Health insurer Aetna Inc. said on Monday that it would buy rival Coventry Health Care Inc. for $5.6 billion to increase its share of the fast-growing, U.S. government-backed Medicare and Medicaid programs.
The purchase, which will add more than 5 million members to Aetna’s ranks, comes just weeks after rival WellPoint Inc. struck a deal to buy Amerigroup Corp. in a major expansion of its Medicaid business, administering the government’s health plan for the poor.
Bankers and investors see the wave of health insurer consolidation accelerating further as the United States moves to implement President Barack Obama’s healthcare overhaul.
The U.S. health reform law aims to provide coverage for 16 million more Americans through privately run insurance exchanges in each state and will expand Medicaid eligibility for an additional 16 million people by raising limits on household income.
“The transaction boosts Aetna’s footprint in government programs, and adds scale to its commercial operations, which we view as strategically important ahead of the expected implementation of exchanges and health reform starting in 2014,” Barclays analysts said in a note to clients.
Under the deal, Aetna will pay $42.08 per share – $27.30 in cash and 0.3885 of its common shares. That is a 20.4 percent premium over Coventry’s closing stock price of $34.94 on Friday.
Aetna Chief Executive Officer Mark Bertolini estimated the combined company’s 2012 revenue at $50 billion. The deal, expected to close in mid-2013, will double Aetna’s Medicaid membership, he told analysts on a conference call.
The acquisition will help Aetna add nearly 4 million medical members and 1.5 million Medicare Part D members. Medicare Part D is a federal program that reduces prescription drug costs for beneficiaries of the government plan for the elderly.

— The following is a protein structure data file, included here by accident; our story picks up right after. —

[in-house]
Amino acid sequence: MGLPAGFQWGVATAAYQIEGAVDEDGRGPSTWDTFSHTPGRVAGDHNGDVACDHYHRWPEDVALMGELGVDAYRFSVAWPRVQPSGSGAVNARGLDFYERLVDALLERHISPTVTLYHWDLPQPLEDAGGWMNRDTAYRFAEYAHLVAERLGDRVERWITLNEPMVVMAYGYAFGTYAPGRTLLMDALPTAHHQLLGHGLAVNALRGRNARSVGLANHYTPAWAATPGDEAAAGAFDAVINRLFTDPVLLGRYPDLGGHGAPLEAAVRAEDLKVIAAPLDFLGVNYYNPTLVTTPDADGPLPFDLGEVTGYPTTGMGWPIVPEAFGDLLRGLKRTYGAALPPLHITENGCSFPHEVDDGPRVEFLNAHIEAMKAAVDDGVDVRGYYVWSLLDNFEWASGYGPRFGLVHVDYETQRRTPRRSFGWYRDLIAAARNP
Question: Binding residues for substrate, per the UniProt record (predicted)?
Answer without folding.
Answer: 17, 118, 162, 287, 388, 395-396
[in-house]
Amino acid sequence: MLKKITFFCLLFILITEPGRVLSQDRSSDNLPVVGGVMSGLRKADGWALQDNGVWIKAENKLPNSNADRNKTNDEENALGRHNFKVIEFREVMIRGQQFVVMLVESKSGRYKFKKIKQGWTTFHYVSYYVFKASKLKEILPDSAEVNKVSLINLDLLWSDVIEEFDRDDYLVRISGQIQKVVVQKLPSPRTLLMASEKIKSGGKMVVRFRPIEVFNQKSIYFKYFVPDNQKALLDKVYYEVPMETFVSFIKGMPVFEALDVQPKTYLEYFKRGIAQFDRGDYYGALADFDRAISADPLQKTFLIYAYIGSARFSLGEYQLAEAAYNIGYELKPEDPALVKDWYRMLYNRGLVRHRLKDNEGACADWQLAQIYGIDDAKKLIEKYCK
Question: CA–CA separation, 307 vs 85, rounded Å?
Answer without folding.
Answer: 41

In all, Aetna’s government business will account for more than 30 percent of revenue after the deal, up from 23 percent currently.
Shares of Aetna rose 2.9 percent to $39.14 on Monday, while Coventry gained 18.2 percent to $41.29.
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Including the assumption of Coventry debt, the sale is valued at $7.3 billion, the companies said. Aetna plans to issue $2.5 billion in new debt and commercial paper to help finance the deal, but does not expect any impact on its credit ratings, Chief Financial Officer Joseph Zubretsky said.
Zubretsky said the company would still have the cash flow to do “small discrete transactions.”
“We’re not completely out of the game, but highest priority is to close and integrate this deal,” he said.
Zubretsky also affirmed Aetna’s financial forecasts for the year, but said they also reflected the fact that the deal would reduce the company’s ability to buy back shares for the rest of 2012.
Aetna said it expected the deal to add modestly to operating earnings per share in 2013, 45 cents per share in 2014 and 90 cents in 2015.
In July, WellPoint said it would buy rival Amerigroup for $4.46 billion, nearly doubling its Medicaid business.
Last October, Cigna Corp. agreed to buy HealthSpring Inc. for $3.8 billion to strengthen its Medicare business.
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